Let me start by saying I’m not really a massive Twitter fan. It’s well documented that most brands are followed by less than 1% of their customers, and social media should be for people only. Twitter embodies the endless, pointless scroll of the marketing juggernaut every company assumes they ought to hop on.
Twitter does have it’s benefits though. It is great for aggregating clever writing. I’d like to just focus on a single tweet that I love, and explain why it was re-tweeted 5,000 times.
this painting by Jean-Léon Jérôme is called “Truth Coming Out of Her Well to Shame Mankind” and it rules so hard pic.twitter.com/2QX8tAGPtJ
— Anthony Oliveira (@meakoopa) February 4, 2016
The rules behind an outstandingly good tweet are fairly simple.
- Punch up
The internet is an irreverent place. Twitter loves to ridicule the powerful. In this tweet, the objective is to poke fun at the establishment from a lower position. The best jokes always do this. So – to win on Twitter, never punch down. See Katie Hopkins, or Kirstie Allsop’s dumb-ass behaviour for proof of this.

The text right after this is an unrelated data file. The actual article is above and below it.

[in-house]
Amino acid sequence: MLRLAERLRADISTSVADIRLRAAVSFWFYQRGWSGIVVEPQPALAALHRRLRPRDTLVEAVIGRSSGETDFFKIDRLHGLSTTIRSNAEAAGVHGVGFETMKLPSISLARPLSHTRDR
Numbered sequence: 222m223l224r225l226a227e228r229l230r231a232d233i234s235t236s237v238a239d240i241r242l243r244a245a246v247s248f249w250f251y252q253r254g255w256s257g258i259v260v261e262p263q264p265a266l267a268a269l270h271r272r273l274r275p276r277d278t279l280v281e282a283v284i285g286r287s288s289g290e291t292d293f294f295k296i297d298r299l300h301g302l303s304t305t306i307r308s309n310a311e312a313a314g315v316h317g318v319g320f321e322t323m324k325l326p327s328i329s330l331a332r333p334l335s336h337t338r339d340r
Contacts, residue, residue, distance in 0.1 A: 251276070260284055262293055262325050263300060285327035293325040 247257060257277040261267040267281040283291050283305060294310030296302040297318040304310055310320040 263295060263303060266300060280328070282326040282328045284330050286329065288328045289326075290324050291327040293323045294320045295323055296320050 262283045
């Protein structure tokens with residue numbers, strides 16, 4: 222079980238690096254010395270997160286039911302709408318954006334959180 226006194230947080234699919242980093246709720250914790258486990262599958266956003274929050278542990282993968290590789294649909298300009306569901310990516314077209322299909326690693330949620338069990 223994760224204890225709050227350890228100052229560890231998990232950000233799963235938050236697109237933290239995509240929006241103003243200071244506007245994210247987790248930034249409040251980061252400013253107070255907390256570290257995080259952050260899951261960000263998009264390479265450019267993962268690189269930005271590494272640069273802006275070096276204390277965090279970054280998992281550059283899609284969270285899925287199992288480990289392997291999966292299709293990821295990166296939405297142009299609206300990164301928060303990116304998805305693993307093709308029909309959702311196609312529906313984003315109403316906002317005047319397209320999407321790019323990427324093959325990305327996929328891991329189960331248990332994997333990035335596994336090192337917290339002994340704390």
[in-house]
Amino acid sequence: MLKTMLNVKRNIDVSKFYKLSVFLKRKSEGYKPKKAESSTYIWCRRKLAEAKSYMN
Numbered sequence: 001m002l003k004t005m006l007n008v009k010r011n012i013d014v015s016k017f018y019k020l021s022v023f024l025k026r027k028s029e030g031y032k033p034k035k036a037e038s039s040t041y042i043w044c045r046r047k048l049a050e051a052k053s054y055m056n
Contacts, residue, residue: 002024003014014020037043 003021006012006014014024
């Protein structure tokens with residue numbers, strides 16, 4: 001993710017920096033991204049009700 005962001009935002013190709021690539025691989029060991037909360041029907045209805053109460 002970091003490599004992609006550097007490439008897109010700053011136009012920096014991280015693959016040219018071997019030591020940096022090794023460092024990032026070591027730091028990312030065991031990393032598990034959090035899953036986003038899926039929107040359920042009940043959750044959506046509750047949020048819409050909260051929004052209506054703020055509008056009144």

2. Be self aware
The Twitter user must be aware of their privilege and social position, especially if you’re tweeting for a brand. Having a sense of humour about yourself is the key to great social content, and this tweet does that. This tweet is by a man, promoting an image of a woman, in a classic painting. Truth is coming out of her well. Truth is female. Anthony Oliveira knows he’s white, male and western. Because he knows that, he can use it to his advantage. No self awareness means no social capital. It is very funny to subvert meaning, in this case of a classical painting, which is something top tweeters often do.
Oliveira tweeted this on International Woman’s Day. This was exactly the right time for him to say, in an oblique way, that the world is going to hell. He didn’t insert a hashtag, this isn’t ‘click-bait,’ but it is well-timed. Being aware of what’s happening around us, and offering a unique viewpoint, is what Twitter is all about.
How can you put this into practise with your brand? Tweet less, and tweet good. Follow the footsteps of the lovely @meakoopa and don’t overwhelm your followers with horse doo-doo. Try to say poignant, worthwhile stuff, or don’t bother.